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dc.contributor.authorVeno, Meghan
dc.contributor.authorSilk, Hugh
dc.contributor.authorSavageau, Judith A.
dc.contributor.authorSullivan, Kate M.
dc.date2022-08-11T08:08:36.000
dc.date.accessioned2022-08-23T16:00:46Z
dc.date.available2022-08-23T16:00:46Z
dc.date.issued2016-04-01
dc.date.submitted2016-05-09
dc.identifier.citationVeno M, Silk H, Savageau JA, Sullivan KM. Evaluating One Strategy for Including Reflection in Medical Education and Practice. Fam Med. 2016 Apr;48(4):300-4. PubMed PMID: 27057609. <a href="http://www.stfm.org/FamilyMedicine/Vol48Issue4/Veno300">Link to article on publisher's website</a>
dc.identifier.issn1938-3800
dc.identifier.pmid27057609
dc.identifier.urihttp://hdl.handle.net/20.500.14038/30961
dc.description<p>Meghan Veno is a second-year medical student who completed this study as part of a medical school summer research fellowship at the University of Massachusetts Medical School for which Dr. Hugh Silk was her mentor.</p>
dc.description.abstractBACKGROUND AND OBJECTIVES: Reflective writing in medicine allows for the opportunity to analyze, interpret, and learn from clinical experiences. The purpose of this study was to evaluate the beneficial effects of reflective reading and writing for a department using a weekly listserve. METHODS: The Department of Family Medicine and Community Health at the University of Massachusetts Medical School sends out a weekly reflective writing story written by its members to celebrate clinical/teaching success. We conducted a 19-item questionnaire in the summer of 2014 among all 402 members. RESULTS: Questionnaires were completed by 161 of 402 (40%) readers and 50 of 122 (41%) writers. Readers found many benefits; 84% reported learning "a lot" about how a colleague handled a certain clinical situation, while 79% found that the reflective writing listserve helped them feel more connected to colleagues. A total of 83% reported that reading the weekly story positively affected their empathy and patient centeredness. Those who reported reading the stories most often were more likely to report achieving the most benefits. The majority of respondents who wrote stories agreed with all suggested benefits of writing; 73% reported that writing allowed them to celebrate a patient/research/teaching encounter that they were proud of, and 72% reported that it gave them better perspective or clarity about a patient experience "a lot" of the time. CONCLUSIONS: As departments struggle with provider burnout and feelings of being overwhelmed and disconnected, strategies like a reflective writing listserve may be a means to improve support and inspire clinicians and learners to feel fulfilled.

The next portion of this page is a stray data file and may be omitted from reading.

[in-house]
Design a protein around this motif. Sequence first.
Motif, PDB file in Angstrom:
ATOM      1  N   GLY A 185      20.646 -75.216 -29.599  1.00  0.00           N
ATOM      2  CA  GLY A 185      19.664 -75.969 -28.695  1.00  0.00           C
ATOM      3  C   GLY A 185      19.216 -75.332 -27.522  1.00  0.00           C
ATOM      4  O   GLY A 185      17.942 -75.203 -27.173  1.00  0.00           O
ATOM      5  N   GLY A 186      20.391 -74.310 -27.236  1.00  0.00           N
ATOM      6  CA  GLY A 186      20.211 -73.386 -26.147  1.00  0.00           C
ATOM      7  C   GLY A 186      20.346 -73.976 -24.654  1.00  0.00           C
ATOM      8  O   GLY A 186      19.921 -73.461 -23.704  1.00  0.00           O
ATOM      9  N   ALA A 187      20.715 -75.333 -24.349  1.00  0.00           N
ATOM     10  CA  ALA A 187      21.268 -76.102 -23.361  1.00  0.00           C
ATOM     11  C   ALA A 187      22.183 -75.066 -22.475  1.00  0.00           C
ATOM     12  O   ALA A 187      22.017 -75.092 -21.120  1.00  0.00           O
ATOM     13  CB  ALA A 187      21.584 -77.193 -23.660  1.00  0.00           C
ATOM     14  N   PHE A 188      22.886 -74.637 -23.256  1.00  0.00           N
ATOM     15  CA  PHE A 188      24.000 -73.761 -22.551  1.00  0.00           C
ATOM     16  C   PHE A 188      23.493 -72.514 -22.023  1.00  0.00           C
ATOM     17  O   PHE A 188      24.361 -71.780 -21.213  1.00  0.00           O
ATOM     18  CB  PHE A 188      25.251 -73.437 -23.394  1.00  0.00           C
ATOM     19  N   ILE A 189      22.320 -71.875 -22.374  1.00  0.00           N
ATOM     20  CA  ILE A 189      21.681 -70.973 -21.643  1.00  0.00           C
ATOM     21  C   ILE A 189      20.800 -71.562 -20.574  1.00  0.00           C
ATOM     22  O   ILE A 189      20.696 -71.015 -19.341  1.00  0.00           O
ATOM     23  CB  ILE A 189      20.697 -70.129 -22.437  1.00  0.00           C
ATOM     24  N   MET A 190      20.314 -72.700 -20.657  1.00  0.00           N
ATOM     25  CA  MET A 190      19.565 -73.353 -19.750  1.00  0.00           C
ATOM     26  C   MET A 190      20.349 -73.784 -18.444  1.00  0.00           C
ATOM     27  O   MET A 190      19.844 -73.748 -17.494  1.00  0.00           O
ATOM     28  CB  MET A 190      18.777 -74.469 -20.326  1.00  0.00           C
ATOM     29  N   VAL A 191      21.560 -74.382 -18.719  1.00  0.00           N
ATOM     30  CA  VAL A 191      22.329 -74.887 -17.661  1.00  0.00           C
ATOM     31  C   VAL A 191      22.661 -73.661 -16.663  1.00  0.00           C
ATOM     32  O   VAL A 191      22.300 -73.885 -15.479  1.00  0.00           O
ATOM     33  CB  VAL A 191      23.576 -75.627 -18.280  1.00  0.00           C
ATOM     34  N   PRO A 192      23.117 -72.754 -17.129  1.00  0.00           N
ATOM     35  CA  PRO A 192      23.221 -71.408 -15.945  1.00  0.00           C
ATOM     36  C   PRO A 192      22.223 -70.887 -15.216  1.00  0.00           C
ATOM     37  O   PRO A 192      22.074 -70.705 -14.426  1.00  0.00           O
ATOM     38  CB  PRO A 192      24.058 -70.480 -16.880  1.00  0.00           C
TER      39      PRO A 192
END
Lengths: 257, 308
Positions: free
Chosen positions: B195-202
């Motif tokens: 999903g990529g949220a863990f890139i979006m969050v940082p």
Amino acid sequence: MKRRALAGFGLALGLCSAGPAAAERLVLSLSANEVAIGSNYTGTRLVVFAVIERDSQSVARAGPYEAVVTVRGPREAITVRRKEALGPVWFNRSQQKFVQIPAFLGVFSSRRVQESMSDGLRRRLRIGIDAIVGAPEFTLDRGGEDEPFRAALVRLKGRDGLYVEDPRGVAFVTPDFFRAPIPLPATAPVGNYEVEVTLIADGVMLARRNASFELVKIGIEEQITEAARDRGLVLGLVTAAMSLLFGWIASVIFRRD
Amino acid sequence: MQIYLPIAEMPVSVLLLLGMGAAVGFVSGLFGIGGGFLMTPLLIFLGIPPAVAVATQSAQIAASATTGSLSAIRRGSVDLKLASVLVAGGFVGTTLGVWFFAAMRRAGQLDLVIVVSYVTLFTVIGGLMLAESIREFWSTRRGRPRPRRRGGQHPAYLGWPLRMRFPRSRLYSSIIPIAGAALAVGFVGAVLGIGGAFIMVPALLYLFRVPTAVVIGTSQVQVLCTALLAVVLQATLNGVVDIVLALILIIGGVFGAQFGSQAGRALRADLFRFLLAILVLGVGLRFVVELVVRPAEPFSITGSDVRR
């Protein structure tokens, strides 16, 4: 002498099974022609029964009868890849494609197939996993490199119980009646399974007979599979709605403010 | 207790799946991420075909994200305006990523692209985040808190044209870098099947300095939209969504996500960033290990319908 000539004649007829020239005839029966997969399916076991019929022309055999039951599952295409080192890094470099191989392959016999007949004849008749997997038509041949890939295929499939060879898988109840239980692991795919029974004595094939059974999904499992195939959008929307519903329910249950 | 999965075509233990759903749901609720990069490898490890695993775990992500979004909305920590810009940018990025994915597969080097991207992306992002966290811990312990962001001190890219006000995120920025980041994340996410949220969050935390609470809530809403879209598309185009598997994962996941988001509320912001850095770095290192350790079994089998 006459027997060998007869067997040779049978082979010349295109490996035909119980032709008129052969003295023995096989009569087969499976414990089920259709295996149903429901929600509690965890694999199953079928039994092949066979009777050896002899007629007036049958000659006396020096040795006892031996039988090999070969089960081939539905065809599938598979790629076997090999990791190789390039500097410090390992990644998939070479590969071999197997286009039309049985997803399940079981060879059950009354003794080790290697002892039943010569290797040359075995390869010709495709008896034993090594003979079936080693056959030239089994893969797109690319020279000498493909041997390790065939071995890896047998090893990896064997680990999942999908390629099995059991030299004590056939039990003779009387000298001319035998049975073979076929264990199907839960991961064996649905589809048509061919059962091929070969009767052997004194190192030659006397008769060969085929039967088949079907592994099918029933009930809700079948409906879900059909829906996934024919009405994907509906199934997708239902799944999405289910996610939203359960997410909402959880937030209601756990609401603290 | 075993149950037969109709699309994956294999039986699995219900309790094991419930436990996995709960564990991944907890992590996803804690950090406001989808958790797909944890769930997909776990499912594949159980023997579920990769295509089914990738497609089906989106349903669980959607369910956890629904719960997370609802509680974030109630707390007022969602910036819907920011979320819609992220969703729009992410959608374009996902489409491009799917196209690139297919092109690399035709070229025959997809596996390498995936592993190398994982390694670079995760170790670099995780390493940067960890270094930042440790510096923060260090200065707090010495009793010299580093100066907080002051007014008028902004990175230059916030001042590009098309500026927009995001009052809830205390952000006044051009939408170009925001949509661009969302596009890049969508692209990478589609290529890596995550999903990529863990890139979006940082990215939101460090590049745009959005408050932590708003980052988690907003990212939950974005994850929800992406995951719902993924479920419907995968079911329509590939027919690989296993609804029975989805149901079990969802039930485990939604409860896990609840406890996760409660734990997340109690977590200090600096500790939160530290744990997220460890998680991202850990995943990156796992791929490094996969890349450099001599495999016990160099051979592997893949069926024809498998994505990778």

dc.language.isoen_US
dc.publisherSociety of Teachers of Family Medicine
dc.relation<a href="http://www.ncbi.nlm.nih.gov/entrez/query.fcgi?cmd=Retrieve&db=PubMed&list_uids=27057609&dopt=Abstract">Link to article in PubMed</a>
dc.subjectnarrative medicine
dc.subjectreflective writing
dc.subjectFamily Medicine
dc.subjectMedical Education
dc.subjectMedical Humanities
dc.subjectPrimary Care
dc.titleEvaluating One Strategy for Including Reflection in Medical Education and Practice
dc.typeJournal Article
dc.source.journaltitleFamily medicine
dc.source.volume48
dc.source.issue4
dc.identifier.legacyfulltexthttps://escholarship.umassmed.edu/cgi/viewcontent.cgi?article=1297&amp;context=fmch_articles&amp;unstamped=1
dc.identifier.legacycoverpagehttps://escholarship.umassmed.edu/fmch_articles/295
dc.identifier.contextkey8575975
refterms.dateFOA2022-08-23T16:00:46Z
html.description.abstract<p>BACKGROUND AND OBJECTIVES: Reflective writing in medicine allows for the opportunity to analyze, interpret, and learn from clinical experiences. The purpose of this study was to evaluate the beneficial effects of reflective reading and writing for a department using a weekly listserve.</p> <p>METHODS: The Department of Family Medicine and Community Health at the University of Massachusetts Medical School sends out a weekly reflective writing story written by its members to celebrate clinical/teaching success. We conducted a 19-item questionnaire in the summer of 2014 among all 402 members.</p> <p>RESULTS: Questionnaires were completed by 161 of 402 (40%) readers and 50 of 122 (41%) writers. Readers found many benefits; 84% reported learning "a lot" about how a colleague handled a certain clinical situation, while 79% found that the reflective writing listserve helped them feel more connected to colleagues. A total of 83% reported that reading the weekly story positively affected their empathy and patient centeredness. Those who reported reading the stories most often were more likely to report achieving the most benefits. The majority of respondents who wrote stories agreed with all suggested benefits of writing; 73% reported that writing allowed them to celebrate a patient/research/teaching encounter that they were proud of, and 72% reported that it gave them better perspective or clarity about a patient experience "a lot" of the time.</p> <p>CONCLUSIONS: As departments struggle with provider burnout and feelings of being overwhelmed and disconnected, strategies like a reflective writing listserve may be a means to improve support and inspire clinicians and learners to feel fulfilled.</p>
dc.identifier.submissionpathfmch_articles/295
dc.contributor.departmentDepartment of Family Medicine and Community Health
dc.contributor.departmentSchool of Medicine
dc.source.pages300-4


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